I started making my own shirts and pants in Mexico when I was 7 years old. Then I learned how to make coats and dresses and stuff like that. I learned shoemaking, boot making. So I have never bought anything from any store ever since.
In 1951, while I was visiting my sister in Los Angeles, I saw a sign that said “Pants Maker Wanted” and applied for the job; it paid a dollar an hour. In those early years, I worked for several different tailors, including Sy Devore, known as the tailor to the stars. The first clients who came in for fittings while I worked for him included Bob Hope, Frank Sinatra and Johnny Weissmuller — Tarzan!
At one point I met a beautiful model who changed my life when she took me to the Rose Parade in Pasadena. I saw the equestrian units with their flamboyant embroidery and sequins and asked, “Who does this elegant stuff?” It turned out to be a woman named Viola Grae, and I went to work for her and learned the embroidery business.
One day she introduced me to film costume designer Edith Head. So then I started doing movies. I dressed James Dean in Giant. I also created the look for Clint Eastwood in those spaghetti westerns. He was supposed to be a man from nowhere. What do you do with him? He’s not a cowboy from Texas; he’s not a rancher from Colorado. I put him in a poncho made from an American Indian blanket. I dressed James Arness on Gunsmoke for 11 years, did Bonanza for 14 years, The Big Valley for four years. And musicians: I dressed Elvis Presley, Michael Jackson, the Jackson 5, the Osmond Brothers, Bob Dylan, the Rolling Stones, Prince, David Bowie, Lady Gaga. So many people from all over the world.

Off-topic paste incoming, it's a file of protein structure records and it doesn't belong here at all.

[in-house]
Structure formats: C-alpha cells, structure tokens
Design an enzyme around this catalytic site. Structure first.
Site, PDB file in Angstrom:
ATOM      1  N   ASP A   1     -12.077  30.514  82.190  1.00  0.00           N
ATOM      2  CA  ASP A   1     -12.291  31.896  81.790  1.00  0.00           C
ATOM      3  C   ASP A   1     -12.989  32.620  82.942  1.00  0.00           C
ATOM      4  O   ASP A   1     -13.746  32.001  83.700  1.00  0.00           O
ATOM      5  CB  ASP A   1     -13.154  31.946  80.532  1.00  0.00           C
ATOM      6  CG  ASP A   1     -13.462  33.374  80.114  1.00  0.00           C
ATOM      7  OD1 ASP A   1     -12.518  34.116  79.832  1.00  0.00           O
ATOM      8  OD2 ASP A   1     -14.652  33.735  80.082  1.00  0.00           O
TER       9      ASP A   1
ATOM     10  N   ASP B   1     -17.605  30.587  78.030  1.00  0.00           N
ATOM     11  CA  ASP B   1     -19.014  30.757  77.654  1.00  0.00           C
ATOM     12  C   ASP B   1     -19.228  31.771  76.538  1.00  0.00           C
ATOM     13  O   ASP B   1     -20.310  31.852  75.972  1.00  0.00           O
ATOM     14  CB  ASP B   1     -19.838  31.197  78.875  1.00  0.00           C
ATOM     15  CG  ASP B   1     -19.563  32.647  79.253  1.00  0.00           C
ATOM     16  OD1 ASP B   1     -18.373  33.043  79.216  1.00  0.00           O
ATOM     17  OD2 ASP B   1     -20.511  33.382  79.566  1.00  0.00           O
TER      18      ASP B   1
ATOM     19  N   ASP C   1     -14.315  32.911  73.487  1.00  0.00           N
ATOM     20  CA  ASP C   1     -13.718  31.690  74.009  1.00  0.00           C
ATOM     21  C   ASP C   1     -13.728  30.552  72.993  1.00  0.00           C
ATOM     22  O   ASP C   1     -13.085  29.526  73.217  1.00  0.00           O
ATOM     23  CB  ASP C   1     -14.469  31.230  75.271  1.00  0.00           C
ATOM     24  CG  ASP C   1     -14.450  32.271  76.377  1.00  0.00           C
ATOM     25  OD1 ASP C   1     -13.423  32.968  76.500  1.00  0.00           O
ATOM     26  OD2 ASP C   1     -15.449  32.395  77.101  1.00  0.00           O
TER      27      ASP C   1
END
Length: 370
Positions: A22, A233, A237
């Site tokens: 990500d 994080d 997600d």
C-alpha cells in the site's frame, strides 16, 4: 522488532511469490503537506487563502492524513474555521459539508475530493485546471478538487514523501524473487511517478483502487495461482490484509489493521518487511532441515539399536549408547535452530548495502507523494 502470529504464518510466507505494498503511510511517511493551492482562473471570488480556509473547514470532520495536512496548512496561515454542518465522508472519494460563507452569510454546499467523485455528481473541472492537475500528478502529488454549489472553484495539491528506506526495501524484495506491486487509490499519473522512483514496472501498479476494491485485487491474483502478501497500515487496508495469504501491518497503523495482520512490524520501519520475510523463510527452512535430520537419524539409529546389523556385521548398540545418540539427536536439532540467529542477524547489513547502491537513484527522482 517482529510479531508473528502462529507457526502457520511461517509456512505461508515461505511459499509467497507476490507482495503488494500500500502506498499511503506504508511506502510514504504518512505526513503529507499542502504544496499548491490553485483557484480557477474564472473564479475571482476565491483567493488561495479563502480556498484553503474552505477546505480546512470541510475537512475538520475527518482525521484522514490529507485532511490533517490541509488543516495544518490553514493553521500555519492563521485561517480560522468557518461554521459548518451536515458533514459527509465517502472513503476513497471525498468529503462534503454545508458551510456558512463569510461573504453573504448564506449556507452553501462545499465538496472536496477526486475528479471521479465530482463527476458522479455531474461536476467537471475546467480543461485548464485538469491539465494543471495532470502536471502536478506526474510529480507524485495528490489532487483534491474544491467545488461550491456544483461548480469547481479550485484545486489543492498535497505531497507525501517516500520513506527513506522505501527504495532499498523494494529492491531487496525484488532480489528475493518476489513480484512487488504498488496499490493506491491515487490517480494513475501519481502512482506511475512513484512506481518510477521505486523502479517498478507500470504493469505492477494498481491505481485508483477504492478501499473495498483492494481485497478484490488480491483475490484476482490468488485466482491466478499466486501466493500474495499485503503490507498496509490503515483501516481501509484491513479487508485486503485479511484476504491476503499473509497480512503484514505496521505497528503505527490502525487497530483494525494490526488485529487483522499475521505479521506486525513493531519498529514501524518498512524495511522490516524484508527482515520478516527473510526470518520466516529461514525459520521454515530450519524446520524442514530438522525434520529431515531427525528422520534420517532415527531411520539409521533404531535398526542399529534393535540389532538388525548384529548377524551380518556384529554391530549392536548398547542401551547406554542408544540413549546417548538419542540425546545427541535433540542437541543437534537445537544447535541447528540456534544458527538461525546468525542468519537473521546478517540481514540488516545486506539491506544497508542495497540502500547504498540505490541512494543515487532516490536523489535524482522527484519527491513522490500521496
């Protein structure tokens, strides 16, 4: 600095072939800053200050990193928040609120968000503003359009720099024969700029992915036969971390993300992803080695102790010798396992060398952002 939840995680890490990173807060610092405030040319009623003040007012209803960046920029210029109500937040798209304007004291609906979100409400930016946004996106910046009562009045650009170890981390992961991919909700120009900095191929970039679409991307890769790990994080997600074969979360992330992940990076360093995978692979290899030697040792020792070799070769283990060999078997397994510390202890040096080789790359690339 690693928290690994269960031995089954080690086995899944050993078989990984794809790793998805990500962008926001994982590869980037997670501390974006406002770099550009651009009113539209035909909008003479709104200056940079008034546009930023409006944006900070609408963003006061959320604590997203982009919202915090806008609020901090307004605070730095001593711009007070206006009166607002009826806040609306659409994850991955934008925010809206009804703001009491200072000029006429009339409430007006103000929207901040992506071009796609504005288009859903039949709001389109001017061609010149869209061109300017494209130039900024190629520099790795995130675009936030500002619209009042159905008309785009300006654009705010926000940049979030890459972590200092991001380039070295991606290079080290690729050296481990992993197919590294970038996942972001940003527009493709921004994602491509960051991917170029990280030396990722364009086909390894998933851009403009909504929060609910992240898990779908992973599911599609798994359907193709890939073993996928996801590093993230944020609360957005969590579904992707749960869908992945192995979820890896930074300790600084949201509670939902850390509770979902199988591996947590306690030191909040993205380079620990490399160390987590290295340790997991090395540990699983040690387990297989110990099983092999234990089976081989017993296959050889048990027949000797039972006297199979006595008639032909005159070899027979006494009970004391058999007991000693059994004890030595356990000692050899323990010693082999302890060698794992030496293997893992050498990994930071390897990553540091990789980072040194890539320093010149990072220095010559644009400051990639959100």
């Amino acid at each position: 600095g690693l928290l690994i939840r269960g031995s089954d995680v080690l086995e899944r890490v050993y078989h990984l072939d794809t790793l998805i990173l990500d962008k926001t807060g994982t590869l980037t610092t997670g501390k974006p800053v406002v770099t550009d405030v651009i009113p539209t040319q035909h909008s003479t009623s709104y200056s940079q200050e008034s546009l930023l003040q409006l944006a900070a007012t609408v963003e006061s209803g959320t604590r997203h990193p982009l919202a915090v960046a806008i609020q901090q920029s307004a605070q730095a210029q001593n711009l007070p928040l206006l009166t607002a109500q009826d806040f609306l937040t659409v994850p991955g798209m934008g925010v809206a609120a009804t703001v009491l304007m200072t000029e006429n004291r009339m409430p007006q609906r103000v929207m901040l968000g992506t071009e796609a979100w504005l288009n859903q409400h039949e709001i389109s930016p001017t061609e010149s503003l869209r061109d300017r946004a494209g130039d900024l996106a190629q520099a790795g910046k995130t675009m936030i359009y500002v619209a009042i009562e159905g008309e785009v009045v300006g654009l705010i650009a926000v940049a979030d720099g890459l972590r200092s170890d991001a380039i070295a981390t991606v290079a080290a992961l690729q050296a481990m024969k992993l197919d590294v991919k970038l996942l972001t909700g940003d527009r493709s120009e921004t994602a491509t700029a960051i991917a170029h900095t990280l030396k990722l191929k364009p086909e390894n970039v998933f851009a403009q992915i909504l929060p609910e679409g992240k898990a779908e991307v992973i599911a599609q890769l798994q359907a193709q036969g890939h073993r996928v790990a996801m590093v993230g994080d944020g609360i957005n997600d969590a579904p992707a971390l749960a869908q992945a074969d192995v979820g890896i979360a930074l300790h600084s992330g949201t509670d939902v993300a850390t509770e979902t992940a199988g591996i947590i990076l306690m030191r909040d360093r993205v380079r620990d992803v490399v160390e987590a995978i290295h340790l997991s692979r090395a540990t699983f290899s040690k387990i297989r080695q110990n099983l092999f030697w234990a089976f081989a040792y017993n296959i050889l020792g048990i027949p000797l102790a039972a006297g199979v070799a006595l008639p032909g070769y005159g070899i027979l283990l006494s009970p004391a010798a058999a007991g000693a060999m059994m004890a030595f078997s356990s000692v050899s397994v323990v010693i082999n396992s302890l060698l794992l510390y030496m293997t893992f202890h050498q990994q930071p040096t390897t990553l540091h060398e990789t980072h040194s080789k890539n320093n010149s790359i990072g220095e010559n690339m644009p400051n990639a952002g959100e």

Eventually, I moved to Nashville, Tennessee, because of the lifestyle here. I still dress people from everywhere, but they come to Nashville for my designs.
What I do more than anything is get into someone’s personality. I get to know how people talk, how they walk, how they express themselves. It’s a collaboration. My artwork that goes on their body is what I feel.
Johnny Cash was my friend for many years. I dressed him in black because I knew his personality. He had experienced lessons in life that gave him qualities of the “man in black.” Everything goes together. Dwight Yoakam has thin legs, so I enhanced that. I put him in snug leather jeans and short, spangled jackets. It’s about creating an image. When you see the shadow of that guy in black, you know it’s Johnny Cash. No eyes, no anything — you just know.
Fashion is what hangs on a rack: brand new, secondhand, antique, whatever. But what’s in your closet, that’s your style. Style is what reflects who you are.
And style is timeless, but I would be foolish if I didn’t accept what’s new. That’s what I’m doing every day of my life: new stuff. Every single day of my life, I design. Every night, I dream up new outfits.
I don’t share the names of many of my newer clients. I love them all and want them to be successful. I see them out there in the galaxy of stars. And everybody seems to be very happy in their own garb. They’re so different from one another. That’s what style is, don’t you think?
—As told to Pam Windsor